Chuck Schuldiner Project

Sunday, February 16, 2014

Eviscerated Panda, A Metal Tale by Sarah Tipper

So I recently got my first book in the mail to review. Suffice to say I was excited. Sarah Tippers debut work Eviscerated Panda, A Metal Tale. Filled with hundreds of pages of lighthearted yet touching metal fun, the book tells the story Eviscerated Panda, an up and coming thrash metal band in Reading. Following not only the band, but their many cohorts as well, Eviscerated Panda reflects what the metal community is like in a very poignant way, and though there are issues with the prose and editing, you can never take away the beauty and triumph of the story.

Let me be clear, it is pretty obvious that this is Tippers first full length novel from the prose. Furthermore, at times it feels like it was written in something of a hurry. I think that some passages could also do with a bit more editing, it would help to keep things clear and more enjoyable for the reader. In addition to this, some of the structures Tipper uses seem out of place. There are occasional tangents on minor characters which I'm not sure I fully grasp. The real problem is a lack of dialogue. Though the characters of Evisceated Panda are all distinct and oftentimes memorable they rarely gain dimension, simply because there is not enough clearly defined dialogue.

Yet Tipper shows a lot of potential, why? Her story is simply excellent. There is a certain humanity in Tippers story that not a lot of other authors can grasp. Longtime readers know my favorite authors include Jack Kerouac and Hunter S Thompson, so you might not think Tipper's story, which is based largely on intercharacter relationships would appeal to me. Yet it does, simply because as someone whose been an active member of the underground for years it is refreshing to read a book that reflects my life experiences. Tipper is clearly very aware of the underground and revels in it, not hesitating to share her favorite bands through the characters own preferences. This adds a lot of flavor to the text and shows the down to earth magic of Eviscerated Panda.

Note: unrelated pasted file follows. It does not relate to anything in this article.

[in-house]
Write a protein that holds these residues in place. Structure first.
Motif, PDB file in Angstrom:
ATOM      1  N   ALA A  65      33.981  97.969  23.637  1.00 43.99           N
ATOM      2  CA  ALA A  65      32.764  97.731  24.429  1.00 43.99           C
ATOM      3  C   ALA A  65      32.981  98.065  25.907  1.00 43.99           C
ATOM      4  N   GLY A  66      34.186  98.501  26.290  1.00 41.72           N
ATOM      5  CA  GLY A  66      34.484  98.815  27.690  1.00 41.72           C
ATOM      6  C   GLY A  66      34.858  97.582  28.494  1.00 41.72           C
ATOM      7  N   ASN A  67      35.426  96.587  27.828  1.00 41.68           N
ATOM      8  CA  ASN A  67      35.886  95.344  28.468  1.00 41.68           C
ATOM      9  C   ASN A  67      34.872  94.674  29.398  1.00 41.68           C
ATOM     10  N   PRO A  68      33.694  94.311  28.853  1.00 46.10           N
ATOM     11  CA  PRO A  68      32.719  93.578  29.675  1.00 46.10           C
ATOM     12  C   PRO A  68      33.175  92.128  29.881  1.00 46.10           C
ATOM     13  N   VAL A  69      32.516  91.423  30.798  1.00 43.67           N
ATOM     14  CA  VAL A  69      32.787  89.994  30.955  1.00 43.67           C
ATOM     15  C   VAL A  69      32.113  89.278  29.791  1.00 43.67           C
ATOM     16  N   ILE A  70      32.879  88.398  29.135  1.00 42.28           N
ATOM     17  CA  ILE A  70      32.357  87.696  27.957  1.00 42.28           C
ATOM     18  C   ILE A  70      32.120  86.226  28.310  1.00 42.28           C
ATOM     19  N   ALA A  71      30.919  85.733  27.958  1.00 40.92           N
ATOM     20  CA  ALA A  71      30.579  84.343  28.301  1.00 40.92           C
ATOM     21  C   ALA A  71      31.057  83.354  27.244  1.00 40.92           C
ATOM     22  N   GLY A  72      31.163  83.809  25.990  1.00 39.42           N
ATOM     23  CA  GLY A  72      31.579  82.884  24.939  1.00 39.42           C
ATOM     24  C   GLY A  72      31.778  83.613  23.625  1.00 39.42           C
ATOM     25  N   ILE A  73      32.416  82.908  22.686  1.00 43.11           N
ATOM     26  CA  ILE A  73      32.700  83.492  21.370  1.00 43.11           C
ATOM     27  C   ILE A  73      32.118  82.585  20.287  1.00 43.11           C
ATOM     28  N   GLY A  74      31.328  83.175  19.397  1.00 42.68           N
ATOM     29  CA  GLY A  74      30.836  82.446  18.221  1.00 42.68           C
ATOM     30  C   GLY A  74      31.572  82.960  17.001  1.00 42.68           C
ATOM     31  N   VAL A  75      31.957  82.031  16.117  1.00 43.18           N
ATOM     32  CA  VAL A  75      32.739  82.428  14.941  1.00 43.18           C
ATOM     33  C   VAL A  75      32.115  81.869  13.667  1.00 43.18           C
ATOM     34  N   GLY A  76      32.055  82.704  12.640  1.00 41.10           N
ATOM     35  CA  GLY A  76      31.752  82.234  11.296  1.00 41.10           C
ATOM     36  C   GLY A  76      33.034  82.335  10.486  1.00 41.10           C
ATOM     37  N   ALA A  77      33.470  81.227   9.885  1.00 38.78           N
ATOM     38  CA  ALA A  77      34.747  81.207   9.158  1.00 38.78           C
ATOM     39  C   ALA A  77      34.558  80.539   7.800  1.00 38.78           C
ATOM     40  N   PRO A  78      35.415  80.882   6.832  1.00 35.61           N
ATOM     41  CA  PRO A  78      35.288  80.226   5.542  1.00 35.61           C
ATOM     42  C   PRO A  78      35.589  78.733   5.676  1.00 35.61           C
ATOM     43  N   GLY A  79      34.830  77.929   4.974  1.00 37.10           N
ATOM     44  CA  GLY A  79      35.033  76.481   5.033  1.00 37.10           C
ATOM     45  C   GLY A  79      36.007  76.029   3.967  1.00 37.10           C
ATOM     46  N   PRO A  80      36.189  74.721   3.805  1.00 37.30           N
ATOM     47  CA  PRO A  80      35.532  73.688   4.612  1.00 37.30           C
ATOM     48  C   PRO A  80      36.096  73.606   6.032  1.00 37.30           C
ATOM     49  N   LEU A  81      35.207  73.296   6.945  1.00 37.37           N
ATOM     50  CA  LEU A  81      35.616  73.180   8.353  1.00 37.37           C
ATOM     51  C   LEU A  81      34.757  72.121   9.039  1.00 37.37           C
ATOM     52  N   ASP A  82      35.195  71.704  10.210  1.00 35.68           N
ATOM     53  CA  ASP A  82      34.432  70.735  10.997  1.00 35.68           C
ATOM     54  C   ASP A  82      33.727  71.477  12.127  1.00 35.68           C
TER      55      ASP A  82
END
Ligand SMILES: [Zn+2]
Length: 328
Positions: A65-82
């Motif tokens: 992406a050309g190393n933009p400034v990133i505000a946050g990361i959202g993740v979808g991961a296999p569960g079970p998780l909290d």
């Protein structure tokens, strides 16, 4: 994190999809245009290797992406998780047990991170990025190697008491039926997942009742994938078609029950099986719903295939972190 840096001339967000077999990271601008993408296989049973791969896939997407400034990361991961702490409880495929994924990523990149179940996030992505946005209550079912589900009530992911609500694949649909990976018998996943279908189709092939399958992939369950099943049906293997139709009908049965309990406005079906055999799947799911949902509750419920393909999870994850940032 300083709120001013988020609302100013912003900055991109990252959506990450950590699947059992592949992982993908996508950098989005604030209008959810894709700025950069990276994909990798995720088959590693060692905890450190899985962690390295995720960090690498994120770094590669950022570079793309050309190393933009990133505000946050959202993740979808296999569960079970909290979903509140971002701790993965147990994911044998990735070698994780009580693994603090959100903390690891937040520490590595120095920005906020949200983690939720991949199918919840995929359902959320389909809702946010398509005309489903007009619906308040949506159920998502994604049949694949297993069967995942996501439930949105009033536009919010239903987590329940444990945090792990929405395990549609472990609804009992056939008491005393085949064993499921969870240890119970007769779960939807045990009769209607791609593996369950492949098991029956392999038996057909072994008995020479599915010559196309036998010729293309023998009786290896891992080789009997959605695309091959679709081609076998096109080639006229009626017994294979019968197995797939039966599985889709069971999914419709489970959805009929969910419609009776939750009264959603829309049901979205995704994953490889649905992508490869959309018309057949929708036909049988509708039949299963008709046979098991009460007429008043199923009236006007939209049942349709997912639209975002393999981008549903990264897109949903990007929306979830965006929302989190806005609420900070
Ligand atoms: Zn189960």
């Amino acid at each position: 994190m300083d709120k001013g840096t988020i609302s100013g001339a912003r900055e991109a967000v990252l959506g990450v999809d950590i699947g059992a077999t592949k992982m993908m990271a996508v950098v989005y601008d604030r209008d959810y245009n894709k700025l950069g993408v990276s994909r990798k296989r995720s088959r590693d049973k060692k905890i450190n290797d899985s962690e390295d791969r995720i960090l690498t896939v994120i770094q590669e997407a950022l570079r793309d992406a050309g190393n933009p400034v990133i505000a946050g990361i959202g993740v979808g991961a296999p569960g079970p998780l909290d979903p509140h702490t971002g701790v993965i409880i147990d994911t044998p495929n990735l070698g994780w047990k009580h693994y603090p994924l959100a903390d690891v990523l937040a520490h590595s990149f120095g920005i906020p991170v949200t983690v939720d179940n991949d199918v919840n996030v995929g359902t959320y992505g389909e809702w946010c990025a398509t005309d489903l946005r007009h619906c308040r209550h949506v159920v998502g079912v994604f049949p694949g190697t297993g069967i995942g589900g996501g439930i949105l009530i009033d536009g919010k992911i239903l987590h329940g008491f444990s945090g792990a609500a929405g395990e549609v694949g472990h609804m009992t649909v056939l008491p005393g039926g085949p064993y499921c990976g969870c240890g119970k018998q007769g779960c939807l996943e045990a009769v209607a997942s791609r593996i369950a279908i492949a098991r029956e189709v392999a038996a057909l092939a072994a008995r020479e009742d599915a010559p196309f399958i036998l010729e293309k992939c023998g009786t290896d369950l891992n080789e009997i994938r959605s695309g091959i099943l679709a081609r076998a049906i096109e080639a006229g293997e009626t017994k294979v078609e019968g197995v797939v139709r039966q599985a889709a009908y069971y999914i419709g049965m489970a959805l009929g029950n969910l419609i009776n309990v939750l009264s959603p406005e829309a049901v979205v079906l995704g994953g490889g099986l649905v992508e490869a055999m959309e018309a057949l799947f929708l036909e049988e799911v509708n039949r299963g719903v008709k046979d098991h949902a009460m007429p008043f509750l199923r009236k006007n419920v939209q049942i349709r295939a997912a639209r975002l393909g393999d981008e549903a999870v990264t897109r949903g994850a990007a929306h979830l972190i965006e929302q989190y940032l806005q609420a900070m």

In closing, Eviscerated Panda, A Metal Tale though I genuinely enjoyed it, it leaves a lot to be desired, but simultaneously reveals a ton of potential. Tipper clearly knows what she wants to achieve and with some more editing and more development of characters through dialogue I think she will rapidly attain her goals. She has already put together a fine story that captures the spirit of a subculture that has taken my heart. I'm excited to see what Tipper puts out in years to come, she seems to be rapidly developing and filled with interesting ideas, seeing as the ending of the story is very open, lets hope Eviscerated Panda gets the sequel it deserves!

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